In 1994, I sat in the corporate headquarters lobby of Tupperware in Kissimmee, FL waiting to see my appointment. On the table was a pamphlet that touched on a bit of the history of Tupperware.
Brownie Wise was the woman who took Earl Tupper’s products from the retail hardware store shelves (where it wasn’t selling) to the direct sales party plan model of business. She built an empire that today spans over 100 countries and over $2 billion in annual income.
At that point The On-Purpose Person was relatively newly released from 1992. The On-Purpose Business Person was in development stages. I had created The On-Purpose Principle years before either book was written. I used this guiding principle to help my client companies create healthy, sustainable growth that allowed them to do right by the business and people.
Within the pamphlet the following quote jumped off the page! Brownie Wise said, “If you want to build the business, build the people.” What a brilliantly simple way of keeping the priorities straight for leading a business. Brownie’s words breathed readily understood life into The On-Purpose Principle.
Her quote opens Chapter 8 of The On-Purpose Business Person. Clients hear me say it often. We’re all so susceptible to getting lost in the operational and financial details of running a business that we forget that without people to serve and to be served the business has no sustainable reason for existing.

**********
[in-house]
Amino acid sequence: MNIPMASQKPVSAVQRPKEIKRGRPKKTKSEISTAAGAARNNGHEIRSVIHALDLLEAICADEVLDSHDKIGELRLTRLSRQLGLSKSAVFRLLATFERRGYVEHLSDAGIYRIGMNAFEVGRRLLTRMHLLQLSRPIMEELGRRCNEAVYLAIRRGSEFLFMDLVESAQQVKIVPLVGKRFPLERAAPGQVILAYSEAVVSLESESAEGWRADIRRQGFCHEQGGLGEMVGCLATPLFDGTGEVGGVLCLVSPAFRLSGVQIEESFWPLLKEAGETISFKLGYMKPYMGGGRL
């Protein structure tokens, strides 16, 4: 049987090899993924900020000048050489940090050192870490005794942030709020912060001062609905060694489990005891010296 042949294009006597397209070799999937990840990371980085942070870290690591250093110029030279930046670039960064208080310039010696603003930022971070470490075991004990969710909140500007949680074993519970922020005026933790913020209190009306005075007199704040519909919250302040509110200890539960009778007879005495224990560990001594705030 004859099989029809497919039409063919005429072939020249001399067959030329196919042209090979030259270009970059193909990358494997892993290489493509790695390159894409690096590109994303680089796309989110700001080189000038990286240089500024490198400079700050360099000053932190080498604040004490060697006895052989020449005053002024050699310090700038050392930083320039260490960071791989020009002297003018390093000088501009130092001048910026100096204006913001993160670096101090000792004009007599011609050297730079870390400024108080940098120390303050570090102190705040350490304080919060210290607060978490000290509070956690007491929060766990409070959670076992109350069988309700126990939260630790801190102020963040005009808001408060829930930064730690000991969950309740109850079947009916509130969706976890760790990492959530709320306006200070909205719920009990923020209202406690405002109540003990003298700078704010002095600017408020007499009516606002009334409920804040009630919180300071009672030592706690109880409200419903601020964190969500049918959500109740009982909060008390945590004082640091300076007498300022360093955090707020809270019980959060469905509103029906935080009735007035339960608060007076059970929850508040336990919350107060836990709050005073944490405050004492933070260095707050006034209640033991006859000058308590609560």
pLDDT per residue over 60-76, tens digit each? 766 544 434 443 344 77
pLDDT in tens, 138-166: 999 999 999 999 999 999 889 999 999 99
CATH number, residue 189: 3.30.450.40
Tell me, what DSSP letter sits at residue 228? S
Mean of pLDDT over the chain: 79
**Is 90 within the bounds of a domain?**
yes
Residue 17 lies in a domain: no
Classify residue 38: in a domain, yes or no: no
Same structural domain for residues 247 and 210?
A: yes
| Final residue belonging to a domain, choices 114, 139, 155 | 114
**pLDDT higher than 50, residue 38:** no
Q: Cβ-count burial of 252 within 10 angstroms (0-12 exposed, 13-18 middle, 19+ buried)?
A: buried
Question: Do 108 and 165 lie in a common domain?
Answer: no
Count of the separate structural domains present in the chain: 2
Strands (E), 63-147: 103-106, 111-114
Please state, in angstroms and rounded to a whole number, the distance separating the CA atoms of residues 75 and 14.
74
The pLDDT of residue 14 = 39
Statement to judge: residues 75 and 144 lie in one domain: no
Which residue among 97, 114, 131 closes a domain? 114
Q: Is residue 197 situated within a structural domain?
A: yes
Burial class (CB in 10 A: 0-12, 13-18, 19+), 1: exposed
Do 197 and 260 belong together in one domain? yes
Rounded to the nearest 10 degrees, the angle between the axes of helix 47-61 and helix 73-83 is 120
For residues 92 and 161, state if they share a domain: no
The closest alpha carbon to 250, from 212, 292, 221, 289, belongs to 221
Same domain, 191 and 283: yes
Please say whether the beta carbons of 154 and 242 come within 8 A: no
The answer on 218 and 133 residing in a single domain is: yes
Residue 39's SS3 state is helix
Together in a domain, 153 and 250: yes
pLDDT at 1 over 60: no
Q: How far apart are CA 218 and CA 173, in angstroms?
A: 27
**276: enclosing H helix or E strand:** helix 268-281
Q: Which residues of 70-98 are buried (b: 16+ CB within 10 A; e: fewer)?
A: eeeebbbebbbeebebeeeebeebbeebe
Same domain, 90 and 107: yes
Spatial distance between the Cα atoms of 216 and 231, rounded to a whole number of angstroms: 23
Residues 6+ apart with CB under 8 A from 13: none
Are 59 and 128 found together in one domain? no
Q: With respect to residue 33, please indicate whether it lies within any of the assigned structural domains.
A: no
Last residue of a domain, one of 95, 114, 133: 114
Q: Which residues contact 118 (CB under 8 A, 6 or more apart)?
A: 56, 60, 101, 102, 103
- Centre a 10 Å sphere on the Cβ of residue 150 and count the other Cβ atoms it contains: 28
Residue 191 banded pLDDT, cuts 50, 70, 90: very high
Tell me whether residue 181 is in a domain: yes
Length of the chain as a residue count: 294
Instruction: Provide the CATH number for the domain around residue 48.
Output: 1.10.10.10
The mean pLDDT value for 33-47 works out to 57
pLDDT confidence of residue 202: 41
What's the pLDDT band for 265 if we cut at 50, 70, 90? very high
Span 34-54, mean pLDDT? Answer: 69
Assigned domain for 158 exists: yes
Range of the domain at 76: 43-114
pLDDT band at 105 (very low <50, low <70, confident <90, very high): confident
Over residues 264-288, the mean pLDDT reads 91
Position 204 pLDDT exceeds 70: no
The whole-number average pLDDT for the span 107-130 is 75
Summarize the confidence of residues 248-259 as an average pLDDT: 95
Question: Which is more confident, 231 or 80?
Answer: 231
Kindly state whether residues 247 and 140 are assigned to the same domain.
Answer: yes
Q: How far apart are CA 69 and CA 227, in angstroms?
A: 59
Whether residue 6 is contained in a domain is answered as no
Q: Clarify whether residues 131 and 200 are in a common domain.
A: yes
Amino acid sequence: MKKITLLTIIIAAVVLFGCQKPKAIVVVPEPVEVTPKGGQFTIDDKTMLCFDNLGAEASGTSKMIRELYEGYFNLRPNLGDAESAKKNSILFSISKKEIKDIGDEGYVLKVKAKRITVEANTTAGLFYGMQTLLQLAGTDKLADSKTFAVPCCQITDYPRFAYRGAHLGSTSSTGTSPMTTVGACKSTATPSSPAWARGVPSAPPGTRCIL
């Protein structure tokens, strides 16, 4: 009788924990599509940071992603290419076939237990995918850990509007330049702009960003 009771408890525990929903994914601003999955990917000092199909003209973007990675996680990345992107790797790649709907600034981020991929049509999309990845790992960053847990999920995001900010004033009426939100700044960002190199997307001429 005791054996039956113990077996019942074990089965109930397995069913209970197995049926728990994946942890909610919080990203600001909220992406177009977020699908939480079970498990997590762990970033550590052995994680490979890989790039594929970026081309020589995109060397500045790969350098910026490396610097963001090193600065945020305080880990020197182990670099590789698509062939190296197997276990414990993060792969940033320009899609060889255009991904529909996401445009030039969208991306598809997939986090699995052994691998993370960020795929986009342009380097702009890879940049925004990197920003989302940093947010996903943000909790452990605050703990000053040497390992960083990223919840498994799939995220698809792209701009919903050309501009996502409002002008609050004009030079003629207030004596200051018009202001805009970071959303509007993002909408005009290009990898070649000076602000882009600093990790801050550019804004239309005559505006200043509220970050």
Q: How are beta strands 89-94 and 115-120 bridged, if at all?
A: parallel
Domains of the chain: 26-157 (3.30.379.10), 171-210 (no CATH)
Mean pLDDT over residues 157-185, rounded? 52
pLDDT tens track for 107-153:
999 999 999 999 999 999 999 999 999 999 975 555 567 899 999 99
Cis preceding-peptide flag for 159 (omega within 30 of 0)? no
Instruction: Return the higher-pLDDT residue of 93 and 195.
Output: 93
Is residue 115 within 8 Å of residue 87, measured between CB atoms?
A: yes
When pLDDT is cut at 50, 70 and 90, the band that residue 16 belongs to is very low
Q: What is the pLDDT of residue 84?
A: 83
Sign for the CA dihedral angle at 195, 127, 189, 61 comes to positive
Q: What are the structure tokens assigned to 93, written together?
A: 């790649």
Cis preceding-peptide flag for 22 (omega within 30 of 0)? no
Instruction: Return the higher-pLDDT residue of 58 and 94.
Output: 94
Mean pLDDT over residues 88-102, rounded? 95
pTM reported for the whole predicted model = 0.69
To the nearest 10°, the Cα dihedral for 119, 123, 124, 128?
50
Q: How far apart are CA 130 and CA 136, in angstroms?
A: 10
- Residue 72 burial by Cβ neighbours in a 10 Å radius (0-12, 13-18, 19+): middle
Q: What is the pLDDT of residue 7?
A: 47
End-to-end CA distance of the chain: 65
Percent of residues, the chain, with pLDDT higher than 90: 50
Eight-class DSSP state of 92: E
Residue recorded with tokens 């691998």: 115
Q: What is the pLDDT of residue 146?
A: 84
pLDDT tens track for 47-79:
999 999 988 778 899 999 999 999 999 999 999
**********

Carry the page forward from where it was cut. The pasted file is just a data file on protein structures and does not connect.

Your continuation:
As prior blogs posts have stated, the Chief Leadership Officer is charged with two primary responsibilities:
- Positioning the business to lead in its chosen field
- Positioning people to lead in their lives and on their jobs
These simple, yet powerful two sides of the same coin are inextricably essential to the success of the enterprise. A Chief Leadership Officer can not achieve one without the other for the organization to be a true success. A business can be a leader in its chosen field, but if it burns and churns people, it will not sustain its leadership position. On the other hand, a business does need a myriad of disciplines and activities to integrate strategically and structurally into a productive whole.
This duality of positioning is a bit like the age old question, “Which came first? The chicken or the egg?” Except in their instance we know beyond a doubt that the people come first.
CLOs welcome this duality of leadership because they understand that one without the other inevitably creates a false positive success. Peter Drucker said, “The executive who works at making strengths productive–his own as well as those of others–works at making organizational performance compatible with personal achievement.”
While CLO may seem similar to CEO, they are only as similar as your current smartphone is to the flip phone you had a decade ago. It has some similar features and functions but it is so much more — a new category of leadership available to all.